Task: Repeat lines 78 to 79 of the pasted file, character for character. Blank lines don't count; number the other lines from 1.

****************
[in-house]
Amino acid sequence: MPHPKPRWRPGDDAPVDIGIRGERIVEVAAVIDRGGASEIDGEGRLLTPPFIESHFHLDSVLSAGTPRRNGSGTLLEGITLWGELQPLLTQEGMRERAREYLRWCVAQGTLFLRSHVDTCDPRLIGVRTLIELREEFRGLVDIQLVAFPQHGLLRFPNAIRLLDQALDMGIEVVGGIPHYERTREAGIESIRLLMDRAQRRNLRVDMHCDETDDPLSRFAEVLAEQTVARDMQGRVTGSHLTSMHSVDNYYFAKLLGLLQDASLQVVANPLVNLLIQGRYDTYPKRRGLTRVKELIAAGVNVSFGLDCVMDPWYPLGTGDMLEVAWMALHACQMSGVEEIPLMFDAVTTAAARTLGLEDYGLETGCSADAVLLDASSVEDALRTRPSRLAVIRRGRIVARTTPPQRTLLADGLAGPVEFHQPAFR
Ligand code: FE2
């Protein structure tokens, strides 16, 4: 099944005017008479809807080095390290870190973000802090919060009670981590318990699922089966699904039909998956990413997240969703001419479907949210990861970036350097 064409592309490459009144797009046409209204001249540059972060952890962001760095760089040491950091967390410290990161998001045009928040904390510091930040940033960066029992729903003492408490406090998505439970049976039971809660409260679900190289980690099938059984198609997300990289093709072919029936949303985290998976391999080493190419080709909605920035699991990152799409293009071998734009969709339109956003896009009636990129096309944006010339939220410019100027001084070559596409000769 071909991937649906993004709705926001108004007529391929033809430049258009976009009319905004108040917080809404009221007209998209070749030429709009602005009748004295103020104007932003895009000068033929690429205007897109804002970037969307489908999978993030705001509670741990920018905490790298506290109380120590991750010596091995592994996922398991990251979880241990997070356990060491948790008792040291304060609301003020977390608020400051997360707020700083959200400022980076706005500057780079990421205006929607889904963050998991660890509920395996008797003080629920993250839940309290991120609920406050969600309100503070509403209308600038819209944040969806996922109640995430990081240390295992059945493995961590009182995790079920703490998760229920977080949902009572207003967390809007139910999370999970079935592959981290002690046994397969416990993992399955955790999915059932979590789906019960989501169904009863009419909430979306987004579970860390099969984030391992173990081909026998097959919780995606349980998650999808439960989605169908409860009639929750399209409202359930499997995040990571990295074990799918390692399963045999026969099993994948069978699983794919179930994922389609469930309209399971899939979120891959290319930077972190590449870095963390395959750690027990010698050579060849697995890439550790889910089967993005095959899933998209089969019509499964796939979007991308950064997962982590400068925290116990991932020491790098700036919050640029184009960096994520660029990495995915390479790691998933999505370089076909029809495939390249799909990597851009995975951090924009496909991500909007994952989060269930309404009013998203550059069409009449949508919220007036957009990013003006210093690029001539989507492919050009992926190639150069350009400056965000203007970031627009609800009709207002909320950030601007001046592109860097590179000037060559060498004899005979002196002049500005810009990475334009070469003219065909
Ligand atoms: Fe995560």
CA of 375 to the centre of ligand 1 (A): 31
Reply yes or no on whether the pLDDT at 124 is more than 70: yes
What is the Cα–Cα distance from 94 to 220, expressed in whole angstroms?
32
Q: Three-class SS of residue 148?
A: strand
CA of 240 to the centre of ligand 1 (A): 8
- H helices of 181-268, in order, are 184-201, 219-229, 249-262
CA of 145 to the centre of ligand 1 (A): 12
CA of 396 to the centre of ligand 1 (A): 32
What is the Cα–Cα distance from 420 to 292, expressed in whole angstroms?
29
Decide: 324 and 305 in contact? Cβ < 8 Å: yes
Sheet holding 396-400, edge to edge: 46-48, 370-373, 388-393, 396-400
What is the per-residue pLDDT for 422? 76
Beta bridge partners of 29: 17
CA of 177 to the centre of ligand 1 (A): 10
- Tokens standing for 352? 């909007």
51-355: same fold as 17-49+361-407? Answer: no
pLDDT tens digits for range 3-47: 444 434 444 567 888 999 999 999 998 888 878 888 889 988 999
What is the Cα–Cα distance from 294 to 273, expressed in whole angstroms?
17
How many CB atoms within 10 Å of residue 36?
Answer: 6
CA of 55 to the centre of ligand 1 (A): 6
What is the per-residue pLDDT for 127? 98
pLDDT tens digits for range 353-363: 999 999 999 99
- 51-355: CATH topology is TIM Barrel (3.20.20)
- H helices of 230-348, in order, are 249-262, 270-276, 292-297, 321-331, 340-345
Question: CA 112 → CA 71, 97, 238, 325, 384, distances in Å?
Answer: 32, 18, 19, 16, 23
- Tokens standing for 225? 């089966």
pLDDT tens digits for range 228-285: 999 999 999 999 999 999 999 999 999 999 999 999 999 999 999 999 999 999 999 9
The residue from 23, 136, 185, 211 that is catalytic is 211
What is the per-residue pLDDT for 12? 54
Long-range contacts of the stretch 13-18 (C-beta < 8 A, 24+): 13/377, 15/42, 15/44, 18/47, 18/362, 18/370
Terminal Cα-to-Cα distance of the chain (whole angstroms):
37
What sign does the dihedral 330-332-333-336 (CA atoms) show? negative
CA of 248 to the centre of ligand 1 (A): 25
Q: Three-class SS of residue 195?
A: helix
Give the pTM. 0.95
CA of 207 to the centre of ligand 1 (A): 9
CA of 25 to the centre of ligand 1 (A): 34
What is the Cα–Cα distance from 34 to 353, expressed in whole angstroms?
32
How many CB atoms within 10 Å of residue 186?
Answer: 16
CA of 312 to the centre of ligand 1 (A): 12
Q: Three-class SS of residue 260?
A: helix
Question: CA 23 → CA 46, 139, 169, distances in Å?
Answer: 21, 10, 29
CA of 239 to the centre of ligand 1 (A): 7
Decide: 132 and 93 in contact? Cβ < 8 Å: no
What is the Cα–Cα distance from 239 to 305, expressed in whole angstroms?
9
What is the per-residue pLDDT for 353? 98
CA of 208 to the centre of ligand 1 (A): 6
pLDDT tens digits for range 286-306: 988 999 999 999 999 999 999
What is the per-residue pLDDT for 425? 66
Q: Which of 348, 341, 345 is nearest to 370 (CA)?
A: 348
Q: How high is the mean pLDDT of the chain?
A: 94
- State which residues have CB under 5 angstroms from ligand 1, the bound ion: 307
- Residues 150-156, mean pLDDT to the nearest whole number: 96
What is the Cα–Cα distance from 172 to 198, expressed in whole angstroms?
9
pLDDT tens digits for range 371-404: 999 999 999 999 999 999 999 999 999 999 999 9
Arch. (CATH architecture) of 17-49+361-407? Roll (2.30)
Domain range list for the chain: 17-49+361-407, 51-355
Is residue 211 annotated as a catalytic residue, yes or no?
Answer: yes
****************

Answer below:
Domain range list for the chain: 17-49+361-407, 51-355
Is residue 211 annotated as a catalytic residue, yes or no?